Sam Brinton’s alleged theft of a woman’s suitcase from the Minneapolis-St. Paul International Airport in September, and the lies Brinton allegedly told law enforcement about it, has greatly damaged Brinton’s credibility.
To take the wrong suitcase from an airport baggage carousel is one thing. To take a suitcase from a carousel at your destination after checking no bag ahead of your origin flight — and then to tell a police officer that the bag you took contained your own clothing — is something else.
And that’s only one of the lies airport police allege Brinton told about a weekend trip to Minnesota this fall.
If these allegations hold up in court, it would be, in World Cup terms, a massive own-goal for someone who seemed well-qualified to spend a career in the Department of Energy working on a challenging problem of national importance: the safe, centralized storage of nuclear waste from power plants.
In Brinton, the nuclear-waste policy crowd had something special: a dynamic, intelligent, credentialed professional whose minor celebrity could draw and hold attention to an issue that desperately needs it.
Now, that special something may be gone.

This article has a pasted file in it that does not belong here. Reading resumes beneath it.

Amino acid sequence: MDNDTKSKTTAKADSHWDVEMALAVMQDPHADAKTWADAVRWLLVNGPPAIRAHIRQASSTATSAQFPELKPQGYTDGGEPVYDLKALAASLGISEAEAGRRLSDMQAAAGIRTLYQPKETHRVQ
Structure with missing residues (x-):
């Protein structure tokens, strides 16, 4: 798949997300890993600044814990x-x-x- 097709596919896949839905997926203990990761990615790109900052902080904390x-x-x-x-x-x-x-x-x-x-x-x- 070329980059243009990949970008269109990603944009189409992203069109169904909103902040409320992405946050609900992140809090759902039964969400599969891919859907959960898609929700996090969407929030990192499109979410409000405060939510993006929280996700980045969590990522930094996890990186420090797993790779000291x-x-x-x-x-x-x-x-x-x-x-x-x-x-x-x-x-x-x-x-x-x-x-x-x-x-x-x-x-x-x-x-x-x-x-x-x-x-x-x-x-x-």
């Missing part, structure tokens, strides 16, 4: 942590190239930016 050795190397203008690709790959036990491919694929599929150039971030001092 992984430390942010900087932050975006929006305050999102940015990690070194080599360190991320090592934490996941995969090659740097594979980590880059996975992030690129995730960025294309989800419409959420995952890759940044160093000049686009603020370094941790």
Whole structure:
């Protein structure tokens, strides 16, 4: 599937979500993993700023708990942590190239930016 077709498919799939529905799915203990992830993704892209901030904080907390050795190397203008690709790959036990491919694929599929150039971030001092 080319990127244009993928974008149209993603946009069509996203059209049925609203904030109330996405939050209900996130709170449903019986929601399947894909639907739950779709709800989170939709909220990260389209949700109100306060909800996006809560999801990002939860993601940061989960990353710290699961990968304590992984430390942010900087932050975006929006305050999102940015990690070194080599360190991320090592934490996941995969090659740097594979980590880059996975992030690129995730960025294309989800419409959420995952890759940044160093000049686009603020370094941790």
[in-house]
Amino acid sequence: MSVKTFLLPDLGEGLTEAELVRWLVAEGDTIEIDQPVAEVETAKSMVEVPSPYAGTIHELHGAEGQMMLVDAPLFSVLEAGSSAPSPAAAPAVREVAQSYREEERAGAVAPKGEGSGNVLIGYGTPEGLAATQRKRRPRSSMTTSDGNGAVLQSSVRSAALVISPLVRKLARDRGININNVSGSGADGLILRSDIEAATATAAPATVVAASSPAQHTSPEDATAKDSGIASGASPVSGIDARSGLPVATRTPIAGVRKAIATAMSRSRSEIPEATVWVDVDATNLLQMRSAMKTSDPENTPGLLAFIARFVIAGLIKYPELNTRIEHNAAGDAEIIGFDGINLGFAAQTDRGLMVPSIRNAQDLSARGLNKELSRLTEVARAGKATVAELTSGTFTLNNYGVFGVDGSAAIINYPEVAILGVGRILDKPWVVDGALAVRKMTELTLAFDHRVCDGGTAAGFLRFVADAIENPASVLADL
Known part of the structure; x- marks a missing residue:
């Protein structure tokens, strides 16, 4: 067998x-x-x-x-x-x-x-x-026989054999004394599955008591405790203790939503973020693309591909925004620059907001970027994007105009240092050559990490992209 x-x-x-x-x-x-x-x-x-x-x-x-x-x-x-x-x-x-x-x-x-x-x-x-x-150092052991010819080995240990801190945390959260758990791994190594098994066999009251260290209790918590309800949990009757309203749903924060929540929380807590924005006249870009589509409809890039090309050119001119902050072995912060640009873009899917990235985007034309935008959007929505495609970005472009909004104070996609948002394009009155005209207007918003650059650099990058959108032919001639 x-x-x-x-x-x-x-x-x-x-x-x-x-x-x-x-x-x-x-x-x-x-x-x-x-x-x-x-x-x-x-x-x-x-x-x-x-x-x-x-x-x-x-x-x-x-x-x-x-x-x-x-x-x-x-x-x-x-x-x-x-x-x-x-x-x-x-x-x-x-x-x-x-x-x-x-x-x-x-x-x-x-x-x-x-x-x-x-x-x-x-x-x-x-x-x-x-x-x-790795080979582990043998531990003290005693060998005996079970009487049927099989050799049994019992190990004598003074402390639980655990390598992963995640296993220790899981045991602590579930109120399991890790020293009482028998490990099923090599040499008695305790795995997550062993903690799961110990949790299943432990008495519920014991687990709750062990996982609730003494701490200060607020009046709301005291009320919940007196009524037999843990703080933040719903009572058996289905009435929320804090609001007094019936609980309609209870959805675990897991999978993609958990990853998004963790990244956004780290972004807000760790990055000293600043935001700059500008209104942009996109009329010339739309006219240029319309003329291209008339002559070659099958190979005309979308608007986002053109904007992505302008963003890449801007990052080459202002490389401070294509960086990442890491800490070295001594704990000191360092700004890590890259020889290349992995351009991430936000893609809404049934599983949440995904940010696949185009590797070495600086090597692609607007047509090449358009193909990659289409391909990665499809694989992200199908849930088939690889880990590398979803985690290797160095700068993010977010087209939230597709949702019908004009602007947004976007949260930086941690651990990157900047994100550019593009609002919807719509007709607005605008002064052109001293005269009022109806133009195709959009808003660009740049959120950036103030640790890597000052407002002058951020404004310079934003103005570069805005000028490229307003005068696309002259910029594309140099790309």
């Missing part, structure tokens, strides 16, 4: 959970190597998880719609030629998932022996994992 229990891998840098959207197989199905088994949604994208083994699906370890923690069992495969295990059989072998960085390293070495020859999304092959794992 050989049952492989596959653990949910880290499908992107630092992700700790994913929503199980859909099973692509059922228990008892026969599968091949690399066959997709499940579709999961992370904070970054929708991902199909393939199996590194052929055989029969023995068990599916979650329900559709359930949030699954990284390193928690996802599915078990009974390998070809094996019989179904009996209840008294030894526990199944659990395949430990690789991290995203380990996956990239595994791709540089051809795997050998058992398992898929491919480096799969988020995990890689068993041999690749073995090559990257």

Brinton has been on leave from the Department of Energy for about a month, with Kimberly Petry standing in as acting deputy assistant secretary for spent fuel and waste disposition “for the foreseeable future,” as she told colleagues in an email before Thanksgiving.
Brinton, meanwhile, was summoned to appear Dec. 19 for a court hearing in Hennepin County, Minn. Through an attorney, Brinton asked to appear virtually, citing the financial and logistical difficulties of traveling while on leave from employment — difficulties that, according to Brinton’s own Instagram account, have not been so severe as to prevent travel to Boston and New York for choral performances, documentary film premieres and Broadway shows.
It’s a bad look getting worse and Brinton, solely, is to blame.
And there we might conclude, except it is impossible, even now, when the particulars are so well known to almost anyone who could possibly care, to make any public mention of Samuel Otis Brinton without a discussion of Brinton’s sexuality, gender-fluid identity and presentation and public embrace of kink sex — none of which, as far as we at the Exchange Monitor understand, disqualify Brinton for public service or render Brinton’s academic and professional experience irrelevant.
None of the legion of frequently hateful commentators who have said or implied otherwise has demonstrated that these things hampered Brinton’s work at DOE or affected anyone other than Brinton and consenting adults.
And remember, Brinton never hid these things from DOE hiring officials or background investigators. As has famously happened before in the federal government’s nuclear energy programs, it isn’t what you don’t hide, but what you do hide.
In this case, a suitcase.
It could not have been worth it.